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3000 Roane State Hwy Harriman, TN 37748

Ear infections

Dog Ear Infection: The canine ear has three parts: the external or outer ear, the middle ear, and the inner ear. Any of these distinctive parts of the ear can become irritated, inflamed, or infected, sometimes causing severe pain. Ear trouble is one of the foremost reasons owners take their dogs to the veterinary practice. 
Cat Ear Infection: Ear infections are rare in felines. When they do occur in the cat’s outer or middle ear, they can be extremely painful and can result in deafness or facial paralysis if they become chronic. 

Two types of ear infection are most commonly seen:

  1. Otitis externa–infection of the external ear canal
  2. Otitis media–infection of the middle ear

Dog Ear Infection: Outer ear infections in dogs are most often caused by bacteria or yeast. An accumulation of wax, thick or matted hair in the ear canal, debris, a foreign body, tumor or impaired drainage of the ear can also precipitate an ear infection. 
Although any dog or cat can get an ear infection, breeds that have pendulous ears, like Cocker Spaniels and Basset Hounds or those with hairy inner ear flaps, like Miniature Poodles and Schnauzers, have more frequent ear infections. In cats, the Persian breed is more prone to ear infections.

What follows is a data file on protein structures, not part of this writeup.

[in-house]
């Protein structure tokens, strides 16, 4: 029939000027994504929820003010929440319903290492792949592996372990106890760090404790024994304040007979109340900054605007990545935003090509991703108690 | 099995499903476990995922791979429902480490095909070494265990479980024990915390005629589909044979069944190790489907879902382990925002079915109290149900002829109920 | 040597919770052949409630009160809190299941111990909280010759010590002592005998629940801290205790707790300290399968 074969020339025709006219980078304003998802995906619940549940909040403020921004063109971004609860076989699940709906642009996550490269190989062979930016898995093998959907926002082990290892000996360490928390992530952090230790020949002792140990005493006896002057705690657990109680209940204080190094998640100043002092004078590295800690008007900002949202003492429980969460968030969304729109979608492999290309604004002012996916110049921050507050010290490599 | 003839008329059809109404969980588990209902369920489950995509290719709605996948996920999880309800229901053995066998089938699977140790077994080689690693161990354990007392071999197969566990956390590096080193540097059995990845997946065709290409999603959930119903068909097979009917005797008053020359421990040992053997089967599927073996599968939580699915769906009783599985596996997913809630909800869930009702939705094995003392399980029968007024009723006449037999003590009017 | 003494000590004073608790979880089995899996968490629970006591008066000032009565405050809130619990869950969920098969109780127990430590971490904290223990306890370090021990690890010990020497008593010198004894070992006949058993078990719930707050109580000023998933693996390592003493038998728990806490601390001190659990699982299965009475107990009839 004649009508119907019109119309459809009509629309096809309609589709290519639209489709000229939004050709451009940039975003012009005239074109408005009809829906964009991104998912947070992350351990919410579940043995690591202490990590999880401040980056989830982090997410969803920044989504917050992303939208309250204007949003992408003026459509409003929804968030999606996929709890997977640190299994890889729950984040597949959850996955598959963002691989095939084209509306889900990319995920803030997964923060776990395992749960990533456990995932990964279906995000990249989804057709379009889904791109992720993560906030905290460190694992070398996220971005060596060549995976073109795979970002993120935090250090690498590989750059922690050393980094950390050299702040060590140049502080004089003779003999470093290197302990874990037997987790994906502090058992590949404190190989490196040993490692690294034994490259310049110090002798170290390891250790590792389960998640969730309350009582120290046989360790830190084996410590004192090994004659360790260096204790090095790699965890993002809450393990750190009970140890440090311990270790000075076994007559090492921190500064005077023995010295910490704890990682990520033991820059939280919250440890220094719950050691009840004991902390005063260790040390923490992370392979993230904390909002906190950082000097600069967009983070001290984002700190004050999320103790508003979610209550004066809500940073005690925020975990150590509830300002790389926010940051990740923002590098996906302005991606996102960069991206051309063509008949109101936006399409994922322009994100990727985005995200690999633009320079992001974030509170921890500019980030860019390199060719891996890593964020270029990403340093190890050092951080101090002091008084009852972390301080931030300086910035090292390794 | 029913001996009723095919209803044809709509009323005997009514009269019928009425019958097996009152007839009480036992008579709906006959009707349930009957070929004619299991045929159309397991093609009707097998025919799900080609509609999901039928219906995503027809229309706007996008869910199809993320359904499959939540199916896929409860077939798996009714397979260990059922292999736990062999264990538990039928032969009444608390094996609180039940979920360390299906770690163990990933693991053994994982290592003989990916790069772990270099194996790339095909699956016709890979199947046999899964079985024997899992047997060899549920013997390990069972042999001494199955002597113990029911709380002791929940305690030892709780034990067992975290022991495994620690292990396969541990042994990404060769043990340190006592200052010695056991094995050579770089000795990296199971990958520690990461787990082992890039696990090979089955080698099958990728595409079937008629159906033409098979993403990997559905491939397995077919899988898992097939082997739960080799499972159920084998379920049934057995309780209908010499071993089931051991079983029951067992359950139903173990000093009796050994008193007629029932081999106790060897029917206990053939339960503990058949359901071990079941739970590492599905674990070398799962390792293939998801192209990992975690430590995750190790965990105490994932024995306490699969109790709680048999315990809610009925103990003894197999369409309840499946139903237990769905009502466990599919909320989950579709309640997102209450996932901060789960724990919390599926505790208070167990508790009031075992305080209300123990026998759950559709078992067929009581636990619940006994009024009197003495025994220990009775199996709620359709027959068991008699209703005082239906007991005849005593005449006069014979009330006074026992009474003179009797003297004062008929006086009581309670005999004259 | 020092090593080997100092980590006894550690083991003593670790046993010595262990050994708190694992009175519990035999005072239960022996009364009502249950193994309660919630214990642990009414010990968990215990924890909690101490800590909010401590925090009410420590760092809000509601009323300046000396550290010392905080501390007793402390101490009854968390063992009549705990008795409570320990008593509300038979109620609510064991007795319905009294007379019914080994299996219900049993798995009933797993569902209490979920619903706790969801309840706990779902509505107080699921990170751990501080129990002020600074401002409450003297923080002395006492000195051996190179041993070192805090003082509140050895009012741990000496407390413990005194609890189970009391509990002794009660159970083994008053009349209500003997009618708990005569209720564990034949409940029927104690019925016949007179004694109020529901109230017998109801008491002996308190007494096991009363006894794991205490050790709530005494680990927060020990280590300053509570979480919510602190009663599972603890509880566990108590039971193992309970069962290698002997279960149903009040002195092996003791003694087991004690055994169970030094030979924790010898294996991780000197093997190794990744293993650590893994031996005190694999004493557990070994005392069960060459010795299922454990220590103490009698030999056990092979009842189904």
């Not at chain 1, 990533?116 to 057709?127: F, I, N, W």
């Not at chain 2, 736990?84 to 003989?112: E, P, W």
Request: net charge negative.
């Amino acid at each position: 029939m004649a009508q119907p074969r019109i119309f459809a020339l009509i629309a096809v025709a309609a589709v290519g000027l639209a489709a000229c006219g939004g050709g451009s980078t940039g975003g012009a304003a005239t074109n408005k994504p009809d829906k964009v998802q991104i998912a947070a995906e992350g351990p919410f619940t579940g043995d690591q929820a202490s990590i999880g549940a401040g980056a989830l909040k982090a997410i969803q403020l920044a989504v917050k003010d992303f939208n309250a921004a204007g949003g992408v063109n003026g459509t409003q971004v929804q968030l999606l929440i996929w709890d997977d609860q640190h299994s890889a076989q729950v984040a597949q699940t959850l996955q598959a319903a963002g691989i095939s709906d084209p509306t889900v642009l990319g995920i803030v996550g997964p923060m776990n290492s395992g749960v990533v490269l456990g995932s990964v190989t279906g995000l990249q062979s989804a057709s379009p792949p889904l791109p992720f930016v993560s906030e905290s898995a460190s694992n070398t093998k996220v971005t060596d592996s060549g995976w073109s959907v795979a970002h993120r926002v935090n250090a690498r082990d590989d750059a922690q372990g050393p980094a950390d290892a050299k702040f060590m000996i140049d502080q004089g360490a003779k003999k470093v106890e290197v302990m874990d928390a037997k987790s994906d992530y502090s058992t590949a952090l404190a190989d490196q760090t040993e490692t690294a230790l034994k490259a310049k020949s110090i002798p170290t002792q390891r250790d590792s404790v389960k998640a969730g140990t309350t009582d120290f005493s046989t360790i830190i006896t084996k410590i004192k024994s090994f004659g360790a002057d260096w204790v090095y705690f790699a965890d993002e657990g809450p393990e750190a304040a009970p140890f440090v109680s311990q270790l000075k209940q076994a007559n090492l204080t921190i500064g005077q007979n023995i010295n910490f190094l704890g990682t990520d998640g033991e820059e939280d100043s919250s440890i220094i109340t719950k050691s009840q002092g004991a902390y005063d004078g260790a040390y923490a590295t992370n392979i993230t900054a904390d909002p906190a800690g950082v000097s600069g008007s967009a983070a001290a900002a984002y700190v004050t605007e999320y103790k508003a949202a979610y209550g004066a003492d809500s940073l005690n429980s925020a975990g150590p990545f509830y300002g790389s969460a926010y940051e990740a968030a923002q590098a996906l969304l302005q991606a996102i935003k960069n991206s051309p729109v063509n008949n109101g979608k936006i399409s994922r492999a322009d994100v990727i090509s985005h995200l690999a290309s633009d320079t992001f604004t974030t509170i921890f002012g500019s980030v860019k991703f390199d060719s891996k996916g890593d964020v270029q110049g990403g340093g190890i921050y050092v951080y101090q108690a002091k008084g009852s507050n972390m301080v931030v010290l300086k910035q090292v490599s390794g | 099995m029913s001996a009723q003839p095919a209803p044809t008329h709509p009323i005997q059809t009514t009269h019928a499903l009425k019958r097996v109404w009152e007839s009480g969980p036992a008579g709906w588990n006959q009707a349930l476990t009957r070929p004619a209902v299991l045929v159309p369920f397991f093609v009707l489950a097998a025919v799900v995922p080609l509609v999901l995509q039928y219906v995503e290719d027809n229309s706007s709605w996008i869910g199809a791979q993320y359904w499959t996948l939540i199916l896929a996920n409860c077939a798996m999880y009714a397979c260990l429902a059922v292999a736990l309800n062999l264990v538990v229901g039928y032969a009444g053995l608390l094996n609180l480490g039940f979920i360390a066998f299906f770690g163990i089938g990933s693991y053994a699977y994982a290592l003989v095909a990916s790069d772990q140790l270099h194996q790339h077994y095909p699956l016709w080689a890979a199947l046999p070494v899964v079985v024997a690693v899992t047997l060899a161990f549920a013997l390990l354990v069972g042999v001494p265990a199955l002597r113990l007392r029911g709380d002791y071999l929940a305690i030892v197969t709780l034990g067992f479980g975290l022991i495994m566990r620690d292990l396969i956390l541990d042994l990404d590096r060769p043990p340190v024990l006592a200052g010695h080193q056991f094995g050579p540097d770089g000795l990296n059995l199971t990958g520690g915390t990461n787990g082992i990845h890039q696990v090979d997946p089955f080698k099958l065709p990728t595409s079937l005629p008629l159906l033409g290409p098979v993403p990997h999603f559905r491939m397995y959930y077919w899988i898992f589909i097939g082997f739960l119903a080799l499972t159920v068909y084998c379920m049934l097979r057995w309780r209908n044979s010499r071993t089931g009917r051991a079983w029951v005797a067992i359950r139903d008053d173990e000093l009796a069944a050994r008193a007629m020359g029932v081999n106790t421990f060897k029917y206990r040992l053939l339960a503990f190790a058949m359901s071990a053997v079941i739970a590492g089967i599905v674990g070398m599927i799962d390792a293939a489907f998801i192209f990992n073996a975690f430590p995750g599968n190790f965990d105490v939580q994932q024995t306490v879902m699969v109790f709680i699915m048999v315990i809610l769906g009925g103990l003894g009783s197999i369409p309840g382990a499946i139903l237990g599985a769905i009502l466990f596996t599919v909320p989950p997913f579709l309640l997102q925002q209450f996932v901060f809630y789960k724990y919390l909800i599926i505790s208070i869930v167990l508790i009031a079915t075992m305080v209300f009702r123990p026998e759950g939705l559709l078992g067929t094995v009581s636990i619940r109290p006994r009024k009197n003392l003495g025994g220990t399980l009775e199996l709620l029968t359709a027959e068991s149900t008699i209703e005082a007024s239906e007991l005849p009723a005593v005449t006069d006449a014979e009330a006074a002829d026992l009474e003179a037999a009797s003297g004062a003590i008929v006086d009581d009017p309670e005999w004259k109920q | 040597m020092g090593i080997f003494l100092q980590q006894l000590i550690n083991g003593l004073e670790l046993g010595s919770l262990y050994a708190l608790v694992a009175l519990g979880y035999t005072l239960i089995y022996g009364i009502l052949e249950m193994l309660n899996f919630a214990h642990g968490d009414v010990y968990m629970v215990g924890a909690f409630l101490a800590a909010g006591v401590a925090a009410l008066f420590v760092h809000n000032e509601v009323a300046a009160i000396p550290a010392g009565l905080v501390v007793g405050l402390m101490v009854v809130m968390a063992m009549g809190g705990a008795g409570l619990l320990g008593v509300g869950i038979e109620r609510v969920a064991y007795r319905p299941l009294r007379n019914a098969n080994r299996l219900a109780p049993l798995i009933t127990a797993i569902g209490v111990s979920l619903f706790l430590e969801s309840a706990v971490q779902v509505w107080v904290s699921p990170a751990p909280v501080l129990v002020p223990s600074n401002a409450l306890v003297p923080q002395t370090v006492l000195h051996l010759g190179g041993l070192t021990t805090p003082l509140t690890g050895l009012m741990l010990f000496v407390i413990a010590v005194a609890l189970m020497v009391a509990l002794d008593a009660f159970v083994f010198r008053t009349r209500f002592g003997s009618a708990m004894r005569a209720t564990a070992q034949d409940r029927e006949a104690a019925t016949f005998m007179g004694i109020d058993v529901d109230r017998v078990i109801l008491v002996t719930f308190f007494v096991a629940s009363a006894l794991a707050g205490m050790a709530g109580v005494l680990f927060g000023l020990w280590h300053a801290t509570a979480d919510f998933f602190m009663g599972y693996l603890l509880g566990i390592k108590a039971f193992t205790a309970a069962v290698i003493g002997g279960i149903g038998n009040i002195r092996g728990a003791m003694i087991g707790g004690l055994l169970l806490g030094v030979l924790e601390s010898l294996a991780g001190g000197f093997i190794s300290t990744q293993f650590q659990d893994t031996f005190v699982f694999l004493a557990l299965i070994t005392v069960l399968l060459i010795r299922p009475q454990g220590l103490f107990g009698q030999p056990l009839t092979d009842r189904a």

Cat Ear Infection: Mites are the most common cause of ear infections in cats. However, other causes can include allergies or underlying illness such as diabetes, feline leukemia, tumors or a damaged eardrum.
Symptoms rubbing.jpg
•Shaking of the head
•Ear scratching
•Red and inflamed ears
•Offensive ear odor
•Black or yellowish discharge
•Constant tilting head may signal middle ear infection
Diagnosis and Treatment
Because a number of problems can cause an ear infection, it is important that your dog or cat see the veterinarian at the first sign of symptoms. Your veterinarian will prescribe proper medication and treatment. The veterinarian will also make sure the eardrum is intact before prescribing medication because some medications have been known to result in hearing loss if administered to a pet with a ruptured eardrum. 
otoscope.jpgExamining the ear –Your veterinarian will use an otoscope to look inside your pet’s ear for debris and to check on the condition of the eardrum. If this is painful, your pet may need to be sedated or anesthetized for the exam. Your veterinarian will take a sample of the material in the ear canal and examine it under a microscope (cytology) to determine if an organism caused the infection. If more than one organism is involved, then multiple medications will be necessary. 
If the ear examination reveals a foreign body, tick or heavy debris buildup, sedation may also be required in order for the veterinarian to remove the irritant or allow thorough cleansing.
Middle ear infection–These can be the most difficult to clear up. Diagnosis and treatment will likely require lab tests, x-rays, and perhaps even surgery. During the recovery, you will likely have to restrict your pet’s activity. Recovery from the infection may take four to six weeks and will likely require multiple follow-up appointments. Both outer and middle ear infections require you to keep your pet’s ears dry.